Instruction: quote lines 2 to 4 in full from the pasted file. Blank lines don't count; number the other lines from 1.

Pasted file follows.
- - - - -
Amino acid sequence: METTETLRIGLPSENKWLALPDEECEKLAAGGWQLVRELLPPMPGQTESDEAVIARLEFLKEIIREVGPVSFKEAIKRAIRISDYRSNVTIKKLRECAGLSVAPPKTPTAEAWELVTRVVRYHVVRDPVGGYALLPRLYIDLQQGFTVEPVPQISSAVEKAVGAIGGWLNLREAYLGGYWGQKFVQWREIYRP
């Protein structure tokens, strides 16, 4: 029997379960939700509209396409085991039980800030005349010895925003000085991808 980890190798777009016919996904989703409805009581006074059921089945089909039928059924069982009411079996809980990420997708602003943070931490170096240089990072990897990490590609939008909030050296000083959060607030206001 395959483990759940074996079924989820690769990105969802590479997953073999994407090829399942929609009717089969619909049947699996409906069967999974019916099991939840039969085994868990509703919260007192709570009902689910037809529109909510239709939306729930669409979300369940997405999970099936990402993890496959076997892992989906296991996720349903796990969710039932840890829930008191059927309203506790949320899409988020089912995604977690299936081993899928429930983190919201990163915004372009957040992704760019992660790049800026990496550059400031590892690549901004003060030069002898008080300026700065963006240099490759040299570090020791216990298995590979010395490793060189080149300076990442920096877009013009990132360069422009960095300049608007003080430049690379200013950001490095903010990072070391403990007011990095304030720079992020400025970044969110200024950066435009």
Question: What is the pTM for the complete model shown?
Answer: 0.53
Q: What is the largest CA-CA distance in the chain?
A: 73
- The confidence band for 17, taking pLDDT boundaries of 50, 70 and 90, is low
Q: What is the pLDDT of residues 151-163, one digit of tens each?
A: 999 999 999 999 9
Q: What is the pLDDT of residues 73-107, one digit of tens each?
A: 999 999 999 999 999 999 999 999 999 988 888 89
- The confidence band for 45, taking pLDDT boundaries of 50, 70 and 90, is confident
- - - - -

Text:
């Protein structure tokens, strides 16, 4: 029997379960939700509209396409085991039980800030005349010895925003000085991808 980890190798777009016919996904989703409805009581006074059921089945089909039928059924069982009411079996809980990420997708602003943070931490170096240089990072990897990490590609939008909030050296000083959060607030206001 395959483990759940074996079924989820690769990105969802590479997953073999994407090829399942929609009717089969619909049947699996409906069967999974019916099991939840039969085994868990509703919260007192709570009902689910037809529109909510239709939306729930669409979300369940997405999970099936990402993890496959076997892992989906296991996720349903796990969710039932840890829930008191059927309203506790949320899409988020089912995604977690299936081993899928429930983190919201990163915004372009957040992704760019992660790049800026990496550059400031590892690549901004003060030069002898008080300026700065963006240099490759040299570090020791216990298995590979010395490793060189080149300076990442920096877009013009990132360069422009960095300049608007003080430049690379200013950001490095903010990072070391403990007011990095304030720079992020400025970044969110200024950066435009």
Question: What is the pTM for the complete model shown?
Answer: 0.53